The Palestine Papers have given ultimate confirmation that Israel is not interested in an equitable two-state solution with the Palestinians. The secret documents reveal beyond a shadow of a doubt that even the most generous offers of land and security by the Palestinians in a two-state paradigm were rejected by Israel. During these negotiations, and in fact during the last twenty years of serious discussion of a two-state solution, Israel has doubled and redoubled efforts to create facts on the ground in the West Bank and Gaza which render a two-state solution impossible to implement.

Quite simply, Israel has created the one state. This state gives 80% of its citizens (the Jewish population) full democratic and civil rights. 20% of the citizens (Palestinian citizens of Israel) experience institutionalized discrimination in virtually all sectors of civil and political life. The remaining population in the West Bank lives in an apartheid like system of separate and unequal rights under full military occupation by Israel. The population of Gaza is surrounded by walls and predator drones which constantly monitor their movements while preventing the growth of a sovereign state.

Israel and the Occupied Palestinian Territories form one state under complete Israeli control. Israeli negotiators with the cover of continued American aid and diplomatic assistance have taken every opportunity to stop an equitable two-state solution from coming into existence. Since we live in one state and the two-state solution is dead, why not pragmatically work towards bringing democracy to the residents of this unequal state?

Dahlia Scheindlin | +972 contributer, International public opinion analyst and strategic consultant

Although the one-state approach proposes a united entity between the Jordan and the sea, in fact it represents King Solomon’s original proposal to cut the baby in half. In reality, one state means that Israelis and Palestinians each receive a mutilated and unsustainable version of its national dream. The Palestinians will never get the national self-determination they seek in a Jewish-dominated single state. Jews will achieve neither the democracy and inner harmony they seek (or ought to), nor legitimacy from the world, as long as they obstruct Palestinian rights to national self-expression in their single state – even before Jews become a minority.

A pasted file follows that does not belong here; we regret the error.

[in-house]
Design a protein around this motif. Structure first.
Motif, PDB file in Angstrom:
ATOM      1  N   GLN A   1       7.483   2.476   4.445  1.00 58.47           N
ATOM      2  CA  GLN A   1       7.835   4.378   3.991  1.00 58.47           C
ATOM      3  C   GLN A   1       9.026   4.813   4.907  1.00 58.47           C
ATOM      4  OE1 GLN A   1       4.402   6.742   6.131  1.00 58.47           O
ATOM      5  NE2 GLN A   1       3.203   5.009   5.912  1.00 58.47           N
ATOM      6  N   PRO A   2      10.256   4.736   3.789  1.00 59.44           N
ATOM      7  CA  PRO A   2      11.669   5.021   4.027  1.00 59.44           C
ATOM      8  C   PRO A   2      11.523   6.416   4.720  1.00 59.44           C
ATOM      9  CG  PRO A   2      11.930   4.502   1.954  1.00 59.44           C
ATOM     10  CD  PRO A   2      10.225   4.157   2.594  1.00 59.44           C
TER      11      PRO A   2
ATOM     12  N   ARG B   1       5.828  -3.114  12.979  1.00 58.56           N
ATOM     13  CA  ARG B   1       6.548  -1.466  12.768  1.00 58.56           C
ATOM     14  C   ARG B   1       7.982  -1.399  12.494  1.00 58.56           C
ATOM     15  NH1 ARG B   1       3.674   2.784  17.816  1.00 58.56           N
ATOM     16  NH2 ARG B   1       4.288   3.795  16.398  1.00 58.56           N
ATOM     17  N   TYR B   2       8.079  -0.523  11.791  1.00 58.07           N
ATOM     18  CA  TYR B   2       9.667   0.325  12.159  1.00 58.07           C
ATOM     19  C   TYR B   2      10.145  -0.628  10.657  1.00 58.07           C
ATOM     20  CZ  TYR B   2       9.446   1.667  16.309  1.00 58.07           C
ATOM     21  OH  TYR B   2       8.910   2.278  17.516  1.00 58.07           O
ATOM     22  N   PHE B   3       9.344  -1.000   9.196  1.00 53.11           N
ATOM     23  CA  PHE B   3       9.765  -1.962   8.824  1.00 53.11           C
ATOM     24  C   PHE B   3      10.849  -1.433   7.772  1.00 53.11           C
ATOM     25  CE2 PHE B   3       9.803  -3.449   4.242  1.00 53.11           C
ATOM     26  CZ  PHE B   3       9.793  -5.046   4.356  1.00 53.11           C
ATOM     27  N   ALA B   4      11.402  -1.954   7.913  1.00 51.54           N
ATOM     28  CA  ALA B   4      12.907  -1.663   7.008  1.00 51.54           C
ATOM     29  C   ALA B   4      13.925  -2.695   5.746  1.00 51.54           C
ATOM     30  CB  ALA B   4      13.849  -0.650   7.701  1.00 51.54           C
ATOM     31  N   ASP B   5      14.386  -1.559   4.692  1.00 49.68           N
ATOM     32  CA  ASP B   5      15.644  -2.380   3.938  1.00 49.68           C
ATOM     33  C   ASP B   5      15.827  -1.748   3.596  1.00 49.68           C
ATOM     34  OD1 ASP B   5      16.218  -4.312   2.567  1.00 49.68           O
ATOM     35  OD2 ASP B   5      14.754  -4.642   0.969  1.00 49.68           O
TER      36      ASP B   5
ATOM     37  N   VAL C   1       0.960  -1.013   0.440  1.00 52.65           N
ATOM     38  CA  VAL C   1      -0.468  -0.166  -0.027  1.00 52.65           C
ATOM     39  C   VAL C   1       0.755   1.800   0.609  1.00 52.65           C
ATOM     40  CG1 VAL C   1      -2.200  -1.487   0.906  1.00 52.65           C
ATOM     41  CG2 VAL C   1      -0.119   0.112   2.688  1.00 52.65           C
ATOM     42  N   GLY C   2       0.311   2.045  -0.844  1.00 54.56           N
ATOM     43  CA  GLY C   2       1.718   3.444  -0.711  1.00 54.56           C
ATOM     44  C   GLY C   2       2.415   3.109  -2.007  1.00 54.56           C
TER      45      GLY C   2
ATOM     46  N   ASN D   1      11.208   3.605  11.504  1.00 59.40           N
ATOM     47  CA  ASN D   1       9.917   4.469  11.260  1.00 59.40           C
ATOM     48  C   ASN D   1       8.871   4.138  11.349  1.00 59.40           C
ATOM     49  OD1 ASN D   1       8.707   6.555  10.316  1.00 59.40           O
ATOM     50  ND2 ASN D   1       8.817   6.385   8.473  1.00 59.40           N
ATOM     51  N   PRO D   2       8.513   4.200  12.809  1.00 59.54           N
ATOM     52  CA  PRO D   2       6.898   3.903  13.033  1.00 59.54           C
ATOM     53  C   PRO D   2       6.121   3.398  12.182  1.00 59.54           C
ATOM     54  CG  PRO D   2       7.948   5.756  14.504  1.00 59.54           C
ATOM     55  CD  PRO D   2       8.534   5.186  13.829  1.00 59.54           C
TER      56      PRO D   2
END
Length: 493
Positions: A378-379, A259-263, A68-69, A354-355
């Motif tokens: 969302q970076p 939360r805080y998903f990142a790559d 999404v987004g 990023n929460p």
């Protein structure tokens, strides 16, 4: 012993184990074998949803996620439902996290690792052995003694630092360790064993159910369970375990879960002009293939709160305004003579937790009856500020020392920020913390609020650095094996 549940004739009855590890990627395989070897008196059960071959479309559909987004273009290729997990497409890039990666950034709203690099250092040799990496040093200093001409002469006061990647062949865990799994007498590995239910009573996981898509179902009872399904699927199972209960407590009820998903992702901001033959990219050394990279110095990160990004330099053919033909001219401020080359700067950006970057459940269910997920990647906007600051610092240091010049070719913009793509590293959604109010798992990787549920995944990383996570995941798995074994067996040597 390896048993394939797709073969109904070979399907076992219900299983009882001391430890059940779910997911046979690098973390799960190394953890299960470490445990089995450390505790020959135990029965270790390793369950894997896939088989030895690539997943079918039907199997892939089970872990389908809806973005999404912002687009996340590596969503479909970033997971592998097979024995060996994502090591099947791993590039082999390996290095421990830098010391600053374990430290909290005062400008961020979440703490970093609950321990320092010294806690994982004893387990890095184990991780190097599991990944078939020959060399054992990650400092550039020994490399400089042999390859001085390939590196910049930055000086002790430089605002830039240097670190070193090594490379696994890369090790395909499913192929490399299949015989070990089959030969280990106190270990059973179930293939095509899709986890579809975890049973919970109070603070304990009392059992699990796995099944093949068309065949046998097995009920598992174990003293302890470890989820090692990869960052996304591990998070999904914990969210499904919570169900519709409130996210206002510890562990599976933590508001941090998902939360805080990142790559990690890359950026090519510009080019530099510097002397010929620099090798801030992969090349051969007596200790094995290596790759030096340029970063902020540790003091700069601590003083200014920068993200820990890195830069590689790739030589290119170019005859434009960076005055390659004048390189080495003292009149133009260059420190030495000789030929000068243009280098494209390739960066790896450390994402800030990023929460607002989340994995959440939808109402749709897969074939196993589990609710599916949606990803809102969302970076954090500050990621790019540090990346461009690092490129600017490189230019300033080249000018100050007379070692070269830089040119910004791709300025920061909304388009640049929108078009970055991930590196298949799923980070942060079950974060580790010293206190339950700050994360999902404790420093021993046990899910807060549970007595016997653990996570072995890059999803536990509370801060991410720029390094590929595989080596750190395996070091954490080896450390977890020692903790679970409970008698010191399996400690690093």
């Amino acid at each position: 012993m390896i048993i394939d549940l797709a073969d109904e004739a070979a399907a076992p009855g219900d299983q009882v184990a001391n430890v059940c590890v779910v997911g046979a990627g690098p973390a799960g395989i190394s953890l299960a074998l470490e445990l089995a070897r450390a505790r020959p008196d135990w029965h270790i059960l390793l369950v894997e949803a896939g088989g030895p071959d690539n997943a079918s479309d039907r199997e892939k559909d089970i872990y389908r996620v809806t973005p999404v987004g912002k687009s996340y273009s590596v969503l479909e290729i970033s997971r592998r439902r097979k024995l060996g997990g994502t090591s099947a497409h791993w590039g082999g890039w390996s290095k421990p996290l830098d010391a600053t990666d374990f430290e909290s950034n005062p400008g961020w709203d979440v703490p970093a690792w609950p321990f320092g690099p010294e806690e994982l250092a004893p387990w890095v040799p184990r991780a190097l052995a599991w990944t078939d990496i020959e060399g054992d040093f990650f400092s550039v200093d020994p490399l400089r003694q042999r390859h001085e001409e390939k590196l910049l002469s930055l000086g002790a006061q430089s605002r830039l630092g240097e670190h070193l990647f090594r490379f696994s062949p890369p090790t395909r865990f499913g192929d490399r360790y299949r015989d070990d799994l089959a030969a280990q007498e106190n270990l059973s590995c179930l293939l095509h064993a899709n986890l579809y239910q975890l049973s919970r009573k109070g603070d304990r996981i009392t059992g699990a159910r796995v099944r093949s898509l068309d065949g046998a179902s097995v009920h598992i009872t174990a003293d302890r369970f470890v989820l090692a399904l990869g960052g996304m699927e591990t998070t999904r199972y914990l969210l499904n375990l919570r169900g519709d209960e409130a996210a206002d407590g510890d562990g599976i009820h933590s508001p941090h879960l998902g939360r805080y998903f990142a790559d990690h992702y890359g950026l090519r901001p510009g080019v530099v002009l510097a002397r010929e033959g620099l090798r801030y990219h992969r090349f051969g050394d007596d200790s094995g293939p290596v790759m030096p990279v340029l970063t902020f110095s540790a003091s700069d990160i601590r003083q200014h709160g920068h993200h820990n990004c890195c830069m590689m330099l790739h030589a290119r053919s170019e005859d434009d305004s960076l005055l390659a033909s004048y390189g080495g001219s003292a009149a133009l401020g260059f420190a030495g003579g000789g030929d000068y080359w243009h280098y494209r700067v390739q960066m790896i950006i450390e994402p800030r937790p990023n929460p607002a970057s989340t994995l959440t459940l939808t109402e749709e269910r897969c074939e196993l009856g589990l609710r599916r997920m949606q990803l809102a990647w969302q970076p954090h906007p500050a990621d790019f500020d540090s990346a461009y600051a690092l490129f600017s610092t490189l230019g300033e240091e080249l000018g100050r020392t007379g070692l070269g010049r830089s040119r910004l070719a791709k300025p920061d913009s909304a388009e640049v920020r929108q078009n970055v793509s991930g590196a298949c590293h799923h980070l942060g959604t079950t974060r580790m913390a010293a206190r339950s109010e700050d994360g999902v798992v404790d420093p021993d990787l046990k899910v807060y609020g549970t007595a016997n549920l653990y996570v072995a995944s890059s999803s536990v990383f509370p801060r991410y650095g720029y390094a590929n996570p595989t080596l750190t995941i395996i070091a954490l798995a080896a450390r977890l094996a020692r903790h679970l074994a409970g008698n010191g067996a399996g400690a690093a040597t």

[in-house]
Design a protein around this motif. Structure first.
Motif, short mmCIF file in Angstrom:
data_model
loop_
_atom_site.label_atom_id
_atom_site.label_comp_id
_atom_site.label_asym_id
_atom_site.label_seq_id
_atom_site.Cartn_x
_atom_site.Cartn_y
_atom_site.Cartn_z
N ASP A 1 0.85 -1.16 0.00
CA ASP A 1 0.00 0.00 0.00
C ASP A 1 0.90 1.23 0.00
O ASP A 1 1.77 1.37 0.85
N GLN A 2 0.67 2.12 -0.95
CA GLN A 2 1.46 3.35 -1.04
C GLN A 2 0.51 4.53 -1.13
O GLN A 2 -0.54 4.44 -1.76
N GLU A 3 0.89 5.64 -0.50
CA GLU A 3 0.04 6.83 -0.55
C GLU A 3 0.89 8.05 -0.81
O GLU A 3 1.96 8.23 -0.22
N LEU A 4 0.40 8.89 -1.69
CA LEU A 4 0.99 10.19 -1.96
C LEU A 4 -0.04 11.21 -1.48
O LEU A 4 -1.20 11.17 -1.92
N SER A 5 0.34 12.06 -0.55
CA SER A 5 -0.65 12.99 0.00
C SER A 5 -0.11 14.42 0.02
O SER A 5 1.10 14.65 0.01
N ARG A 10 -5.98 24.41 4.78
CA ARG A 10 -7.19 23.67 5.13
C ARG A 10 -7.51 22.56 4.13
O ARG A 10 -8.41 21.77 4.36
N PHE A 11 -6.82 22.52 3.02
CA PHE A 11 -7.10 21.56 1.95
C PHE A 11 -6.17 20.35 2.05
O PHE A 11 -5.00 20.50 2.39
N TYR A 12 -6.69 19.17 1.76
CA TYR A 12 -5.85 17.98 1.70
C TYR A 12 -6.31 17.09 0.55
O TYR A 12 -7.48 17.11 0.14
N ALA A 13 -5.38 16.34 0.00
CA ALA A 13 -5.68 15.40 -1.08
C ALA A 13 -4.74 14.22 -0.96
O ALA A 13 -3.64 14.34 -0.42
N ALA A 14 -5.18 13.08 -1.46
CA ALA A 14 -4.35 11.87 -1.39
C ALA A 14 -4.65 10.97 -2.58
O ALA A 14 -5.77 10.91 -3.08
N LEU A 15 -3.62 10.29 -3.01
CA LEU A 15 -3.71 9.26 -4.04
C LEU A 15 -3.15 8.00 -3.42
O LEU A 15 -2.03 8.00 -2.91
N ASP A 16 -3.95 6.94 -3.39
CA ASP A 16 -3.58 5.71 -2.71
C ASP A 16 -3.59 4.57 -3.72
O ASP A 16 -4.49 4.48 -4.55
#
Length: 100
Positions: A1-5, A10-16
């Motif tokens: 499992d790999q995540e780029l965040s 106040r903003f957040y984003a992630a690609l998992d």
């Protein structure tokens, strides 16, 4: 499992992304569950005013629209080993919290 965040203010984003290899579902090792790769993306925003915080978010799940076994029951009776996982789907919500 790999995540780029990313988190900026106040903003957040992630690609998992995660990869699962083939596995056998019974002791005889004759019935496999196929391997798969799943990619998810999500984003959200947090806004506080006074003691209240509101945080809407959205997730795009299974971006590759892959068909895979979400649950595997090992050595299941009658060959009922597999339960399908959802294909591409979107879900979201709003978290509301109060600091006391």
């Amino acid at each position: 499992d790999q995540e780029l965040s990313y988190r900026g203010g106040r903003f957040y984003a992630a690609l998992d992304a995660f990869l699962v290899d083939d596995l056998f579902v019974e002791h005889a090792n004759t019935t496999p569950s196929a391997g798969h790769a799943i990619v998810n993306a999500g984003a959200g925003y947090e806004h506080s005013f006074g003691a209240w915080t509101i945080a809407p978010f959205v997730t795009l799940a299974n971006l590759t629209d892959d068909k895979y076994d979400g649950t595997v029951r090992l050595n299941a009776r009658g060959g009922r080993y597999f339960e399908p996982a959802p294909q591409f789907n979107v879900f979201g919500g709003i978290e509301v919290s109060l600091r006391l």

Finally, this conflict is tragically likely to ignite again over ‘some damn foolish thing in the settlements’ (with apologies to Bismark). A one-state solution not only fails to prevent settlements from ripping into Palestinian land and courting violence, it legitimizes expansion – since there is no border. Sadly, we all need one.

Dimi Reider | Journalist, +972 contributer

The one state needs to be discussed not out of complacency – i.e. it’s coming anyway or is here already – but out of urgency: to prevent the irreparably deformed version of the two-state solution, as glimpsed by us through the Palestine Papers and Netanyahu’s and Lieberman’s public comments.

Having completely appropriated the two-state solution, the Israeli Right is now striving to ensure that at its best, it will create a disjointed, demilitarized, economically dependent Palestinian local council, with less sovereignty than a member state of the US. Meantime, what passes for the Israeli mainstream left – chauvinist-nationalist National Left, defunct Labor and Kadima, of Lebanon and Gaza fame – has no ability or interest to ensure Palestine will ever be a viable, independent state. The Palestinian’s own dead-end unilateral proclamation plan would only give Israel an excuse to concede even less.

What’s more, the two-state solution is increasingly tied to population and citizenship transfers – not only of settlers, but of Israeli Palestinians. The introduction of one-state thought is needed to put up a real alternative to the segregationist discourse, which dominates Israeli politics from Left to Right and which would almost certainly lead to tremendous human and political disasters.